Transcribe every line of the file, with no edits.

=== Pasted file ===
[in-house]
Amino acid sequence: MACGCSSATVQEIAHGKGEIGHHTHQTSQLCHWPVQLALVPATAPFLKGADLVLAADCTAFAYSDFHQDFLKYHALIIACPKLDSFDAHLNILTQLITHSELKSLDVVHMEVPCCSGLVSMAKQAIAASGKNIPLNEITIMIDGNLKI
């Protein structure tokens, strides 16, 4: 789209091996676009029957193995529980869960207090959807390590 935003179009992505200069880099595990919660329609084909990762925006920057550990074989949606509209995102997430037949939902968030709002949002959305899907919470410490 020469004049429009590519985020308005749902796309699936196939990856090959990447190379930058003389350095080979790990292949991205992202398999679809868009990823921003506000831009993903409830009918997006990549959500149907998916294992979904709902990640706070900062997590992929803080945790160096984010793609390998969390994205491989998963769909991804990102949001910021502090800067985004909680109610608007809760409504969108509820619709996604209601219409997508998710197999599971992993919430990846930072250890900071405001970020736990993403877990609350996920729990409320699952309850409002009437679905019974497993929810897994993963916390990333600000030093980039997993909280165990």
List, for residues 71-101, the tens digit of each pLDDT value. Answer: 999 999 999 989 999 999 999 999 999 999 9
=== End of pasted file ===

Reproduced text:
[in-house]
Amino acid sequence: MACGCSSATVQEIAHGKGEIGHHTHQTSQLCHWPVQLALVPATAPFLKGADLVLAADCTAFAYSDFHQDFLKYHALIIACPKLDSFDAHLNILTQLITHSELKSLDVVHMEVPCCSGLVSMAKQAIAASGKNIPLNEITIMIDGNLKI
């Protein structure tokens, strides 16, 4: 789209091996676009029957193995529980869960207090959807390590 935003179009992505200069880099595990919660329609084909990762925006920057550990074989949606509209995102997430037949939902968030709002949002959305899907919470410490 020469004049429009590519985020308005749902796309699936196939990856090959990447190379930058003389350095080979790990292949991205992202398999679809868009990823921003506000831009993903409830009918997006990549959500149907998916294992979904709902990640706070900062997590992929803080945790160096984010793609390998969390994205491989998963769909991804990102949001910021502090800067985004909680109610608007809760409504969108509820619709996604209601219409997508998710197999599971992993919430990846930072250890900071405001970020736990993403877990609350996920729990409320699952309850409002009437679905019974497993929810897994993963916390990333600000030093980039997993909280165990």
List, for residues 71-101, the tens digit of each pLDDT value. Answer: 999 999 999 989 999 999 999 999 999 999 9